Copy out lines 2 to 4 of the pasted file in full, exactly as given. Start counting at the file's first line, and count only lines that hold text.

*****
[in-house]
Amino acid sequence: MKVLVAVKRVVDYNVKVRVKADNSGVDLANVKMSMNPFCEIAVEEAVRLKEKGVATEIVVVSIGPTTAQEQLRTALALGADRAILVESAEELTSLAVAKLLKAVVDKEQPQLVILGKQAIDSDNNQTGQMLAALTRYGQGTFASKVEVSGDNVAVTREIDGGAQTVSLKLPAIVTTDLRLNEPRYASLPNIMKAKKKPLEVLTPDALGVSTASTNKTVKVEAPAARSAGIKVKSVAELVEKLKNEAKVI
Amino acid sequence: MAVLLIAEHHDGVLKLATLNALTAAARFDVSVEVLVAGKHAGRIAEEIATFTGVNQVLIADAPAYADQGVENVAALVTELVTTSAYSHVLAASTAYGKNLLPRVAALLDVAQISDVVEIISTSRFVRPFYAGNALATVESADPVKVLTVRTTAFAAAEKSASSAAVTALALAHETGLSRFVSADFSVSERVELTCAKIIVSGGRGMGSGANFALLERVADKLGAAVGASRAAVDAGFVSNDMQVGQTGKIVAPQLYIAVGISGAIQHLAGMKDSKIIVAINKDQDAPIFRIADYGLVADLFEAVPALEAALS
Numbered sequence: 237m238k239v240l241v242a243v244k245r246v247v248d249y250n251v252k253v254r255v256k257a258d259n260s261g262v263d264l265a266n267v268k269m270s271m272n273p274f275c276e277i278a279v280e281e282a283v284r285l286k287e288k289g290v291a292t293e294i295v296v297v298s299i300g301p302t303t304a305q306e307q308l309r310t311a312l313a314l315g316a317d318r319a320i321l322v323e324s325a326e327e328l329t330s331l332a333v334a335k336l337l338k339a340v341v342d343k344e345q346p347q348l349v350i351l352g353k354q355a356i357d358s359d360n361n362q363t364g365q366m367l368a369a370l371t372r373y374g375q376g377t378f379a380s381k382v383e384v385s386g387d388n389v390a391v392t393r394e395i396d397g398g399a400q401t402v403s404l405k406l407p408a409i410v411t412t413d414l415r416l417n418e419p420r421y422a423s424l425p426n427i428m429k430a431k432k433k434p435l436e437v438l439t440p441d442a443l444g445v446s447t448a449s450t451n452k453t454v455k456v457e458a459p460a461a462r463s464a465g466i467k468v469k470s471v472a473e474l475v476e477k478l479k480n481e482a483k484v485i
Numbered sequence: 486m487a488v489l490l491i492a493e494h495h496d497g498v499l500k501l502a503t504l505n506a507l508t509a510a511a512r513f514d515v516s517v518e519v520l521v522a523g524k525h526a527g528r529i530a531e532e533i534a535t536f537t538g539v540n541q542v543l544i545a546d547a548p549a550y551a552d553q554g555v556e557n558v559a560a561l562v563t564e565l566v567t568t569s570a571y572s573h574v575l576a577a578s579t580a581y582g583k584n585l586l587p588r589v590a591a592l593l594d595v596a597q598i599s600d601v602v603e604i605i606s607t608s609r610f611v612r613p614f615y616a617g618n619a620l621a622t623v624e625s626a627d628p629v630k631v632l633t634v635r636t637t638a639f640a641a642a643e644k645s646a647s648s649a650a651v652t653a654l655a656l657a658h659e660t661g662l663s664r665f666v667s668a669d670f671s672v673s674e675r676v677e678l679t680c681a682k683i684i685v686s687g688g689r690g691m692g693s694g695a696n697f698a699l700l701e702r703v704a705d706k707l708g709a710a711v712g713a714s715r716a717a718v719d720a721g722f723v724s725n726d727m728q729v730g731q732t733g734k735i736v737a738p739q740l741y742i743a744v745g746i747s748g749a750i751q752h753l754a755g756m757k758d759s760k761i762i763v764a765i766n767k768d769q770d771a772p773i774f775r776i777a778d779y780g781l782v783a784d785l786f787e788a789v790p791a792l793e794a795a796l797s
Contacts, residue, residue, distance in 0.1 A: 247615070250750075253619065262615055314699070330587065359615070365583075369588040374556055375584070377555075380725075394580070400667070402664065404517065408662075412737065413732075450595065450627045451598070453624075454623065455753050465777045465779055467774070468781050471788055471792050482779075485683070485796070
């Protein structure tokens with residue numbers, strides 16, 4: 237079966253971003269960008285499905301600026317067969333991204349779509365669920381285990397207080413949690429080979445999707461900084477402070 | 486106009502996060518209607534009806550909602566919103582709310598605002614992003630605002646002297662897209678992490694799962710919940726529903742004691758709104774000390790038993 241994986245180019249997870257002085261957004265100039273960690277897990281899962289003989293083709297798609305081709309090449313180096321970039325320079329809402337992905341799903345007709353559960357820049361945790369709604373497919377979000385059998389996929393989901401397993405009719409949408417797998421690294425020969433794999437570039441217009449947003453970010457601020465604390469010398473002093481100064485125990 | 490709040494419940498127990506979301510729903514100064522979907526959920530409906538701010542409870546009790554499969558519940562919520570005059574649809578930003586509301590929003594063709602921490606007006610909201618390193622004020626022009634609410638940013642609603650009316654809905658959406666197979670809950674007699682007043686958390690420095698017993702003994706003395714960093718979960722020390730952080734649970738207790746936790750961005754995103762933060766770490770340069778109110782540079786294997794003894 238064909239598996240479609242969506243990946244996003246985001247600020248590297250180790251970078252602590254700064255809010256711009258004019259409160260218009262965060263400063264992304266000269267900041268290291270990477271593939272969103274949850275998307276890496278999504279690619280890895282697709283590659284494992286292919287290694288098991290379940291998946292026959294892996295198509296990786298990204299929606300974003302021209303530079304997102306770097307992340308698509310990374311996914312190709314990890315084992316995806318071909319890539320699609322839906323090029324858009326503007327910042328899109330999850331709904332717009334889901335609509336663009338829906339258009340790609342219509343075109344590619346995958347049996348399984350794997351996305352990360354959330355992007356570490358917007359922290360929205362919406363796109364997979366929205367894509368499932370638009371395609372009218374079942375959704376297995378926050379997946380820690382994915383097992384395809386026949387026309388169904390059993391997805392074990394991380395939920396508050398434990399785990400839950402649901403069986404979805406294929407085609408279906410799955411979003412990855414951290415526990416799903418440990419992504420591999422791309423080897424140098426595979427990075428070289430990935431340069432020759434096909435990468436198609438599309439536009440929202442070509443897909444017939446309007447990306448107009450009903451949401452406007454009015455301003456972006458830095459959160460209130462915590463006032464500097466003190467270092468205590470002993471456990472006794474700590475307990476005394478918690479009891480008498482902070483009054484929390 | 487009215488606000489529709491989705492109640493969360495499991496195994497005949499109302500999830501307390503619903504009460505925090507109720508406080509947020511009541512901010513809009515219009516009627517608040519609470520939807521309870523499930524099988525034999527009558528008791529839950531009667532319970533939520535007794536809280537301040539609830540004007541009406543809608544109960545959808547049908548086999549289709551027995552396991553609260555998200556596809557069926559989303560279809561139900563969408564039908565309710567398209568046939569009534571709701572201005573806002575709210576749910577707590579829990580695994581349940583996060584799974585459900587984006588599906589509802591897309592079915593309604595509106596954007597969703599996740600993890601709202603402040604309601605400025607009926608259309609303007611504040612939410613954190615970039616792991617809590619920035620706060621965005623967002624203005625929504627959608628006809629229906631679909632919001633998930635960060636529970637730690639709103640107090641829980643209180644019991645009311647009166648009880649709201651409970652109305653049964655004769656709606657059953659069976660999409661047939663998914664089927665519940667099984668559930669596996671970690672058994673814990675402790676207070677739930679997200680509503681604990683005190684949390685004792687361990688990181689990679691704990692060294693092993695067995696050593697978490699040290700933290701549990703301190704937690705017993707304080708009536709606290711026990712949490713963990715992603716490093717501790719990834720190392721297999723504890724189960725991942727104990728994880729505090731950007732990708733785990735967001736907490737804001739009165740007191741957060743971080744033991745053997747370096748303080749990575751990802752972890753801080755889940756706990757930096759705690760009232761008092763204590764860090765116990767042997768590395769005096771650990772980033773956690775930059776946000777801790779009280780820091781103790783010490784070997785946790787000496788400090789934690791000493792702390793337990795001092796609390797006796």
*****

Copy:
Amino acid sequence: MKVLVAVKRVVDYNVKVRVKADNSGVDLANVKMSMNPFCEIAVEEAVRLKEKGVATEIVVVSIGPTTAQEQLRTALALGADRAILVESAEELTSLAVAKLLKAVVDKEQPQLVILGKQAIDSDNNQTGQMLAALTRYGQGTFASKVEVSGDNVAVTREIDGGAQTVSLKLPAIVTTDLRLNEPRYASLPNIMKAKKKPLEVLTPDALGVSTASTNKTVKVEAPAARSAGIKVKSVAELVEKLKNEAKVI
Amino acid sequence: MAVLLIAEHHDGVLKLATLNALTAAARFDVSVEVLVAGKHAGRIAEEIATFTGVNQVLIADAPAYADQGVENVAALVTELVTTSAYSHVLAASTAYGKNLLPRVAALLDVAQISDVVEIISTSRFVRPFYAGNALATVESADPVKVLTVRTTAFAAAEKSASSAAVTALALAHETGLSRFVSADFSVSERVELTCAKIIVSGGRGMGSGANFALLERVADKLGAAVGASRAAVDAGFVSNDMQVGQTGKIVAPQLYIAVGISGAIQHLAGMKDSKIIVAINKDQDAPIFRIADYGLVADLFEAVPALEAALS
Numbered sequence: 237m238k239v240l241v242a243v244k245r246v247v248d249y250n251v252k253v254r255v256k257a258d259n260s261g262v263d264l265a266n267v268k269m270s271m272n273p274f275c276e277i278a279v280e281e282a283v284r285l286k287e288k289g290v291a292t293e294i295v296v297v298s299i300g301p302t303t304a305q306e307q308l309r310t311a312l313a314l315g316a317d318r319a320i321l322v323e324s325a326e327e328l329t330s331l332a333v334a335k336l337l338k339a340v341v342d343k344e345q346p347q348l349v350i351l352g353k354q355a356i357d358s359d360n361n362q363t364g365q366m367l368a369a370l371t372r373y374g375q376g377t378f379a380s381k382v383e384v385s386g387d388n389v390a391v392t393r394e395i396d397g398g399a400q401t402v403s404l405k406l407p408a409i410v411t412t413d414l415r416l417n418e419p420r421y422a423s424l425p426n427i428m429k430a431k432k433k434p435l436e437v438l439t440p441d442a443l444g445v446s447t448a449s450t451n452k453t454v455k456v457e458a459p460a461a462r463s464a465g466i467k468v469k470s471v472a473e474l475v476e477k478l479k480n481e482a483k484v485i